It's amazing what can happen when the right people actually change their minds or get involved.

This has been a very interesting example of "Carrot and Stick" influence.

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Old 02-08-2006   #51
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In that regard it certainly worked.

If Google wanted to make sure that uneducated bigwigs understand that 'dodgy' SEO is in fact a 'dodgy' practice, then this was a perfect choice. Matter of fact, I had a pile of emails asking quote "Why were they banned but our sites wont be?"
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Old 02-08-2006   #52
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I agree, shor - I think that's exactly who the intended audience was, and what the intended reaction would be.

After all, they can hardly be focusing on SEO's and webmasters, who have been educated for quite some time, and have made their decisions on the levels of risk and tactics they are willing to use already.

I do note that every skilled blackhat I've ever met will use pure white hat tactics if that's what the client wants. The difference is that they will also use BH tactics if that's what the client wants. It's all about the client, not the guidelines.

Therefore, if you want to change the level of spam in the corporate world, don't go after the SEO's - go after the clients. He who pays the piper names the tune.

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Old 02-08-2006   #53
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I think it was Danny who said earlier that Google can't do without sites like BMW in the index, and I agree with him. Google needs BMW in the serps. What this event shows is that the big companies are free to spam all they want, because if Google did anything about it, the problem would be very short-lived, AND they would gain a lot free publicity. I think that BMW has gained an awful lot through this.

Google may have set out to show that they won't tolerate spam from even the big companies, but, imo, all they've succeeded in showing is that big companies have power over Google. It would be very interesting to see BMW spamming again. What would Google do? Would they dump the site permanently, as they would small sites? I don't think they could do that. I'd like to see BMW doing it again, though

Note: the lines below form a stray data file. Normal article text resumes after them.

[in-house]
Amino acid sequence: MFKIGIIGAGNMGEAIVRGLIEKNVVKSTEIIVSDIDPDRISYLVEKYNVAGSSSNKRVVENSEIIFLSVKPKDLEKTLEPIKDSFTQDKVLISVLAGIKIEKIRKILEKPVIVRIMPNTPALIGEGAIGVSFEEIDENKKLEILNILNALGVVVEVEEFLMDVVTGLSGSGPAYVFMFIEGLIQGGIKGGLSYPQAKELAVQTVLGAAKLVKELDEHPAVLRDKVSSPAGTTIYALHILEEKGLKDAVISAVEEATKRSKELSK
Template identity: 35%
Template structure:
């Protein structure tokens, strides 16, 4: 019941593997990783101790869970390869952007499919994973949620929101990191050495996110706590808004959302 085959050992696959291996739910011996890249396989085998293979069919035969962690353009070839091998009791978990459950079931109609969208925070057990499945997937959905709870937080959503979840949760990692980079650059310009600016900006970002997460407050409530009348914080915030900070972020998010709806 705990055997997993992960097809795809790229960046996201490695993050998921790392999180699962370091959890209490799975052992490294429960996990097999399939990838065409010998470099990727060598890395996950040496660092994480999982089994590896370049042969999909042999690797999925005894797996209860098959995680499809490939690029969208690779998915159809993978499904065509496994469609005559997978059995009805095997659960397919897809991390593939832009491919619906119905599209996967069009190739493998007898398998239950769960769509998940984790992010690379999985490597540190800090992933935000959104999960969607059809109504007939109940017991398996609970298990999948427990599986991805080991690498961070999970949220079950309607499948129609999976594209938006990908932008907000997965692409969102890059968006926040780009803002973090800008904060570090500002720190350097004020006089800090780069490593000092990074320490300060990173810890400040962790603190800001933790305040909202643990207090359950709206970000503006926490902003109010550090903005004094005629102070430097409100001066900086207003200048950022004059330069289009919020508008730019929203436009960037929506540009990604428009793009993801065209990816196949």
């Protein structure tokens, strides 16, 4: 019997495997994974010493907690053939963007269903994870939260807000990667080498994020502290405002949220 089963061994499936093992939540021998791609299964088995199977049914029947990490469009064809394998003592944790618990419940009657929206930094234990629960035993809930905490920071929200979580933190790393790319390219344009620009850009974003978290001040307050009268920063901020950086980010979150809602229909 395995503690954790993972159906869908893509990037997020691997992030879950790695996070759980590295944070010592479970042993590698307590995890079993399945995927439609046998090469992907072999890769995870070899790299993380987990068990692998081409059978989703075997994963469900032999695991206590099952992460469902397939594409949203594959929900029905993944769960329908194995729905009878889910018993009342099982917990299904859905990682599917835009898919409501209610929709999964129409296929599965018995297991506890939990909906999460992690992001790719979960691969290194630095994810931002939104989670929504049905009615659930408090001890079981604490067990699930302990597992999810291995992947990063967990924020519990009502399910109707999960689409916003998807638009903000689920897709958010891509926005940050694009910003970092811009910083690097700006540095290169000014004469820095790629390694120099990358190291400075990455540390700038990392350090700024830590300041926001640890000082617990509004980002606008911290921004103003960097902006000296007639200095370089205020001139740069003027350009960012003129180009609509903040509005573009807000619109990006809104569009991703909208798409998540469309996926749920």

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Old 02-08-2006   #54
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imo, this is bad. Anyone who didn't know the Google "no-nos" now knew them. But after allowing BMW back in so quickly, they will think, if I cheat, then I can also get back in quickly after being caught. But we all know most people do not get back in so quickly.
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Old 02-08-2006   #55
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Exclamation Where's the rest of the story, Matt?

hmmm notice no mention by Matt if BMW told them who suggested the tactic, as allegedly required?
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Old 02-08-2006   #56
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Looks like they are still cloaking, click on the cache link of the first result at http://www.google.de/search?hl=de&q=...le-Suche&meta=

I have screen shots and more info here.
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Old 02-08-2006   #57
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The cache lags behind. I found this recently, but the other way round. I have a page that I've disallowed the caching of for years, but a few weeks ago I wanted to allow it, so I removed the meta tag. Googlebot has fetched the page dozens of times since then, but the "cache" link is still not in the serps. In that case the cache system lags a very long way behind, so I assume that it is lagging way behind for the BMW pages.
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Old 02-08-2006   #58
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When some are more equal than others

Google is bound to get in trouble with their handling of the bmw.de debacle. I just checked and the site is back today! It seems that BMW, who alleges that only 0.44% of their visits originate from google.com is more "equal" than smaller sites who get kicked out for infringement, but rely on google.com for most of their traffic. I do believe that google has opened a pandora box by reinstating the bmw site so fast, although it is their prerogative. There must be thousands of smaller operators out there who got kicked out and did not get such "nice" treatment. To my knowledge, it was the first time google delisting made the headlines in such a fast manner. They have two choices now: delist bmw.de again, and stand by their "beliefs" and policies, or expect a huge class action law suit, that will cost thm millions and share value drop. They tried to do a Martha Stewart with bmw, but this works with government, not private enterprise.
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Old 02-08-2006   #59
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... or expect a huge class action law suit
<yawn> ...... <yawn> ......
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Old 02-08-2006   #60
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Real world

In case you don't know it, there are barracuda lawyers out there just lurking for this type o opportunity